Imagine I’m with my son playing outside when I decide it’s time to make supper. Of course I want him to follow me inside — now. I encourage, bribe, threaten, and eventually drag him in. It ends up taking more than just a few minutes and making supper becomes throwing hot dogs in the microwave to get him to calm down, then falling onto the couch exhausted.

But what if I make one change: I remove my goal. I want to go inside, but I see that he wants more time. I patiently watch him ride backwards on his tricycle while giggling. Call my husband to tell him supper will be late. After enjoying 20 more minutes of playtime, I tell my son we’re going in and getting an ice pop to cool off before dinner. While he eats his treat, I put food in the oven.

Does this sound unrealistic? It’s not — because I know from experience that when I’m calm, everyone around me can feel it, and they follow suit. Even if they don’t, I’m much better equipped to handle it because my only goal is to keep calm. Nothing more. This allows me to go with the flow, to enjoy a journey instead of lamenting a destination never reached.

As we approach the summer, it can be a great time to put this lesson into practice. Vacation from the regular routine allows for more leeway and less external pressure. I can utilize this atmosphere not to be lazy, but rather to slow down and deal with situations calmly.

We may think we set the goals, and we certainly try to, but we’re really walking the path Hashem has laid out for us. This month, I want to work on feeling the calm of a day sans trying to get somewhere or make something happen.


Go with the flow

My goal is to be calm

“V’halachta b’Drachav — Walk in the way of Hashem”

This month I will:

Take note of which goals are creating pressure in my life

Make sure my day is not too packed, so there’s less of a time constraint.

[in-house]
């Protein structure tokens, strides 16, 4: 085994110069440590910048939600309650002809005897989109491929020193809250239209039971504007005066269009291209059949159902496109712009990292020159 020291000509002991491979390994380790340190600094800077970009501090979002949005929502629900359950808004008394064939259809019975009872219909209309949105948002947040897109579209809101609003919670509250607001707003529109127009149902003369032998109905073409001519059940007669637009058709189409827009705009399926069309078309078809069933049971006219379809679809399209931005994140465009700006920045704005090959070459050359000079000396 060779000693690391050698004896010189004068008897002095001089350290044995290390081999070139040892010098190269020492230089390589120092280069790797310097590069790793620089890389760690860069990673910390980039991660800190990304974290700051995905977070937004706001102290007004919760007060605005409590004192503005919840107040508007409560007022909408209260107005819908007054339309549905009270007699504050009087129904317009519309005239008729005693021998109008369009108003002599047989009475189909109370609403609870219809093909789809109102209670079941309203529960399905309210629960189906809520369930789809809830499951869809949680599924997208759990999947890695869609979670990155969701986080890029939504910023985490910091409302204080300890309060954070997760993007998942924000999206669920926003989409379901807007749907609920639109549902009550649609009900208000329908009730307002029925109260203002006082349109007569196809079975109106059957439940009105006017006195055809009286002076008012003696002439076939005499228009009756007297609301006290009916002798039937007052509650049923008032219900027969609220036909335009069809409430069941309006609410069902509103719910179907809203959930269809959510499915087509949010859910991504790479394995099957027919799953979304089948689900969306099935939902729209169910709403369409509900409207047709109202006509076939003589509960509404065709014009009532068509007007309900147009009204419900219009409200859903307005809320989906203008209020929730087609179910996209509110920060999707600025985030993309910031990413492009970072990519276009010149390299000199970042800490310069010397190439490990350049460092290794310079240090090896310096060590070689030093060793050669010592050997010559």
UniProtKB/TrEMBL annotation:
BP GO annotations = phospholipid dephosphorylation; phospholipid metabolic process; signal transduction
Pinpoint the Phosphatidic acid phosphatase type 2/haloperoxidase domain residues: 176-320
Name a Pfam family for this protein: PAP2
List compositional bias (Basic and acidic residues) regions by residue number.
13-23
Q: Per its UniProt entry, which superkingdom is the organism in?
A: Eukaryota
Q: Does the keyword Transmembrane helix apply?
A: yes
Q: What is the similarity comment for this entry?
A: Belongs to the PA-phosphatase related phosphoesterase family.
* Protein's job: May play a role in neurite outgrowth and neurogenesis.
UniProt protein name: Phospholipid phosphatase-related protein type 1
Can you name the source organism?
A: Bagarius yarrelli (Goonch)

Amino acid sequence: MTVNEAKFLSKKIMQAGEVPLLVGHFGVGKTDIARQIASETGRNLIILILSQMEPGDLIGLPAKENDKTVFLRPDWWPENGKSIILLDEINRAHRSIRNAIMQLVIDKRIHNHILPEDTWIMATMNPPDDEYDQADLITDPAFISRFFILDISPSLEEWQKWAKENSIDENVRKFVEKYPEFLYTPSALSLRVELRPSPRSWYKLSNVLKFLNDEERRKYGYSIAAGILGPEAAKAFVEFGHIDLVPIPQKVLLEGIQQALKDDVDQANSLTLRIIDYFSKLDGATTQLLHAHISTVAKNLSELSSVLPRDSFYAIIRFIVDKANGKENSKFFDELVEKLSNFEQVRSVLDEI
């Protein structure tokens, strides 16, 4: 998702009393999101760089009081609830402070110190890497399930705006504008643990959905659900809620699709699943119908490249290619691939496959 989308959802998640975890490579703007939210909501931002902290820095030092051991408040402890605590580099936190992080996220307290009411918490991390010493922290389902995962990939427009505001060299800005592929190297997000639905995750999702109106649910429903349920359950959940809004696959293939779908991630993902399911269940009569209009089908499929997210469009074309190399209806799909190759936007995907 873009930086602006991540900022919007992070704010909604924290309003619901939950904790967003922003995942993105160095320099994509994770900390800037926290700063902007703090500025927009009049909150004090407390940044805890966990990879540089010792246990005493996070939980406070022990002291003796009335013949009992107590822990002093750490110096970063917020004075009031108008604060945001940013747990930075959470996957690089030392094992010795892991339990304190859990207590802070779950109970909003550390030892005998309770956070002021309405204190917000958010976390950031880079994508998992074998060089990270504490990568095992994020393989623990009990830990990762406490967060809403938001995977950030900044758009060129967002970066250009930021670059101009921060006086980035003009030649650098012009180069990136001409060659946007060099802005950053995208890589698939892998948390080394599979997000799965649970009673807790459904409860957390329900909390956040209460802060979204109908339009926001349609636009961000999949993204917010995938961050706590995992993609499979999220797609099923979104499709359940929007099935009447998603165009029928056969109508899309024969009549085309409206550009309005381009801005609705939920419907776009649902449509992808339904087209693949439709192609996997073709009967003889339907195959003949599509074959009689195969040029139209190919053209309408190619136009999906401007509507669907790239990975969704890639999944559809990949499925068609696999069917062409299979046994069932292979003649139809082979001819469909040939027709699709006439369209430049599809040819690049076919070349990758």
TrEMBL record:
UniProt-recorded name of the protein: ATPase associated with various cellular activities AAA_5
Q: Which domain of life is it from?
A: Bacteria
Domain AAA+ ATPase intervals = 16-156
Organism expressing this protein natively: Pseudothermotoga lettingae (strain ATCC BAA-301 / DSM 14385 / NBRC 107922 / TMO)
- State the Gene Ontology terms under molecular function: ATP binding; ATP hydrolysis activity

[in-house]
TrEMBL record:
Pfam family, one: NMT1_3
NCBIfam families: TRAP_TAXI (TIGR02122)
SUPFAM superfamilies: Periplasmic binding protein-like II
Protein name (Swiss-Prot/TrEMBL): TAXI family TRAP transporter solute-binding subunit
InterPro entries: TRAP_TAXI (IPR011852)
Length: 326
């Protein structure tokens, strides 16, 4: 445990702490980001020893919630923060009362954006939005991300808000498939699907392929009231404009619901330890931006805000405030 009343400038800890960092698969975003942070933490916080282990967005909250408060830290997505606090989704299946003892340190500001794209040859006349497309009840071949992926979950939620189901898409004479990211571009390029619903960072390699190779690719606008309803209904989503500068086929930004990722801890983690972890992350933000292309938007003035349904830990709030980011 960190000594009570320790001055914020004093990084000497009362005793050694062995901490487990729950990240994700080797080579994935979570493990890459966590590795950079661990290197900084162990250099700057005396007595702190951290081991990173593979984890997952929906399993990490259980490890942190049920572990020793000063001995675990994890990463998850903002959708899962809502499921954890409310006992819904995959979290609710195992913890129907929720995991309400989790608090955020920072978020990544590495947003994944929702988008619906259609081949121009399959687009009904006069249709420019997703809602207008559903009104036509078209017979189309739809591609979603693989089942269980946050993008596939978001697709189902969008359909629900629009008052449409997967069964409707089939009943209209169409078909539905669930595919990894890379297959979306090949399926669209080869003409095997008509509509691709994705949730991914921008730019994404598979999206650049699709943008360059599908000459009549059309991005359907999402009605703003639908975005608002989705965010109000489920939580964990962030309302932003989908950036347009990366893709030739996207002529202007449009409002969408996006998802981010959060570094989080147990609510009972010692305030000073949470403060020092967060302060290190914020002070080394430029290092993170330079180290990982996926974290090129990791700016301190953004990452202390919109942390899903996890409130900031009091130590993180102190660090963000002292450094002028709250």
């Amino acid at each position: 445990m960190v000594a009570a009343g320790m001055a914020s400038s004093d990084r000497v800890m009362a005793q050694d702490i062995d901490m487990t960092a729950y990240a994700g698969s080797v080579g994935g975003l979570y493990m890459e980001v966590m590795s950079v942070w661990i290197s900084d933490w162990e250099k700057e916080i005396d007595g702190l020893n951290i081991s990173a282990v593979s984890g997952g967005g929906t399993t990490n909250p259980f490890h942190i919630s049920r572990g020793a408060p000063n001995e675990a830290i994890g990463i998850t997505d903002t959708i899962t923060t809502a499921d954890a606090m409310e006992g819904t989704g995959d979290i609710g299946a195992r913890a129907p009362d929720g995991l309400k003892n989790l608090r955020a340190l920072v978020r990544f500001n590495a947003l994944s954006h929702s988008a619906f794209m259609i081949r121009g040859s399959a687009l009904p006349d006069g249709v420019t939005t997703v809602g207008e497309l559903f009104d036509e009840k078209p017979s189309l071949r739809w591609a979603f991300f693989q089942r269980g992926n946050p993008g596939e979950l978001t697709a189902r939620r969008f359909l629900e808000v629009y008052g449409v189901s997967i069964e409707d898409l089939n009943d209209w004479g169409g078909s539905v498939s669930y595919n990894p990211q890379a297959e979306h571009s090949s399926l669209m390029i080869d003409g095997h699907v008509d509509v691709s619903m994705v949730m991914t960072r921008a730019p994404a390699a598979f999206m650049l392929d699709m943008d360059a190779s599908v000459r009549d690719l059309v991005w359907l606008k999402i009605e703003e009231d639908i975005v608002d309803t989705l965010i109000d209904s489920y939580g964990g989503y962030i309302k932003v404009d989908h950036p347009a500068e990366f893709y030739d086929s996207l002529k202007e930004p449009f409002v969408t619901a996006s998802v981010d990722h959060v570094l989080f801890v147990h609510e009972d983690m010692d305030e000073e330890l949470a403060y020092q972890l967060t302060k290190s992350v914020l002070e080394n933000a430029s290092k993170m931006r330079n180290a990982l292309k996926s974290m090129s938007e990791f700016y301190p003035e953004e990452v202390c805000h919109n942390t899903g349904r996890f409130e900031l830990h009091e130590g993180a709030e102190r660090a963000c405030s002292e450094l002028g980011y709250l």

Ask myself what will happen if I remove a certain goal; will it be okay?

If a goal isn’t working, I’ll shift to enjoying the moment for what it is

Set Up for Success

Not all goals are good. But not all goals are bad either, and some deadlines need to be met.

I can’t just erase my entire to-do list or nothing would ever get done. So how do I (try to) make sure that what needs to happen — does?

Prioritize. Narrow down my goals so I have energy for the most important ones.

Plan ahead. Last-minute ideas for a delicious dinner can often result in messes and power struggles. Stick to what was already planned and save the fancy meal for tomorrow.

Avoid making goals dependent on others. It’s hard enough to do what you need to do; once others are in the picture, it becomes exponentially harder. Do chores at times that don’t require kids’ cooperation, don’t invite a friend to accompany you on errands when you’re short on time, and realize it’s better that you get the ingredient you need right now than to ask your husband.

Make it enjoyable. When goals do involve others, get them excited — or so distracted that they don’t mind. Treats for the kids can make a shopping disaster into a fun outing, and having a dance party while cleaning up will get everyone into a better mood.


Mindel Kassorla has been advising students — both in Eretz Yisrael and beyond their seminary year — for over a decade. She lives with her husband and children in Jerusalem.

(Originally featured in Family First, Issue 746)